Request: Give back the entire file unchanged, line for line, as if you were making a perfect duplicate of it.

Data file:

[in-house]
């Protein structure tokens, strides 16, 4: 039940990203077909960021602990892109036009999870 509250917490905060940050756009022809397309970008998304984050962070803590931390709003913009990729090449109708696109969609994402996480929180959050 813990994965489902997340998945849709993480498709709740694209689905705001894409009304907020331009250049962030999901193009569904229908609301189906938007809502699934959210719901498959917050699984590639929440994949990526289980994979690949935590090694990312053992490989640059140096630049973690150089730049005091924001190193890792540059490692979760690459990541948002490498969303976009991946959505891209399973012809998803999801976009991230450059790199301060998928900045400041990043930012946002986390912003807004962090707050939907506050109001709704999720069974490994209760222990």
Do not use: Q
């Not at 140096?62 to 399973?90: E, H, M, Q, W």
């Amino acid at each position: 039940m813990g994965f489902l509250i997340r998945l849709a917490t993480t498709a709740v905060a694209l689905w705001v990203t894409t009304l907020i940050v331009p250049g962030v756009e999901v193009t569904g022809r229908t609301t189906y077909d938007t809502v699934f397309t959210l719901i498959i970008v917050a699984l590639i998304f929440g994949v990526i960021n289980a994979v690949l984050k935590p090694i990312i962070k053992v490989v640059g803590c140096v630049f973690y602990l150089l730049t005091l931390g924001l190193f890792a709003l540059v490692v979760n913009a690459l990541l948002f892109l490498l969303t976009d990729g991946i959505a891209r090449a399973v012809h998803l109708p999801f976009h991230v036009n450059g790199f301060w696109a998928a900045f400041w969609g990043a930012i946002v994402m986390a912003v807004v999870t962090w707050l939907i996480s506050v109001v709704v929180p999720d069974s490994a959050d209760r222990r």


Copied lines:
[in-house]
């Protein structure tokens, strides 16, 4: 039940990203077909960021602990892109036009999870 509250917490905060940050756009022809397309970008998304984050962070803590931390709003913009990729090449109708696109969609994402996480929180959050 813990994965489902997340998945849709993480498709709740694209689905705001894409009304907020331009250049962030999901193009569904229908609301189906938007809502699934959210719901498959917050699984590639929440994949990526289980994979690949935590090694990312053992490989640059140096630049973690150089730049005091924001190193890792540059490692979760690459990541948002490498969303976009991946959505891209399973012809998803999801976009991230450059790199301060998928900045400041990043930012946002986390912003807004962090707050939907506050109001709704999720069974490994209760222990």
Do not use: Q
């Not at 140096?62 to 399973?90: E, H, M, Q, W």
């Amino acid at each position: 039940m813990g994965f489902l509250i997340r998945l849709a917490t993480t498709a709740v905060a694209l689905w705001v990203t894409t009304l907020i940050v331009p250049g962030v756009e999901v193009t569904g022809r229908t609301t189906y077909d938007t809502v699934f397309t959210l719901i498959i970008v917050a699984l590639i998304f929440g994949v990526i960021n289980a994979v690949l984050k935590p090694i990312i962070k053992v490989v640059g803590c140096v630049f973690y602990l150089l730049t005091l931390g924001l190193f890792a709003l540059v490692v979760n913009a690459l990541l948002f892109l490498l969303t976009d990729g991946i959505a891209r090449a399973v012809h998803l109708p999801f976009h991230v036009n450059g790199f301060w696109a998928a900045f400041w969609g990043a930012i946002v994402m986390a912003v807004v999870t962090w707050l939907i996480s506050v109001v709704v929180p999720d069974s490994a959050d209760r222990r």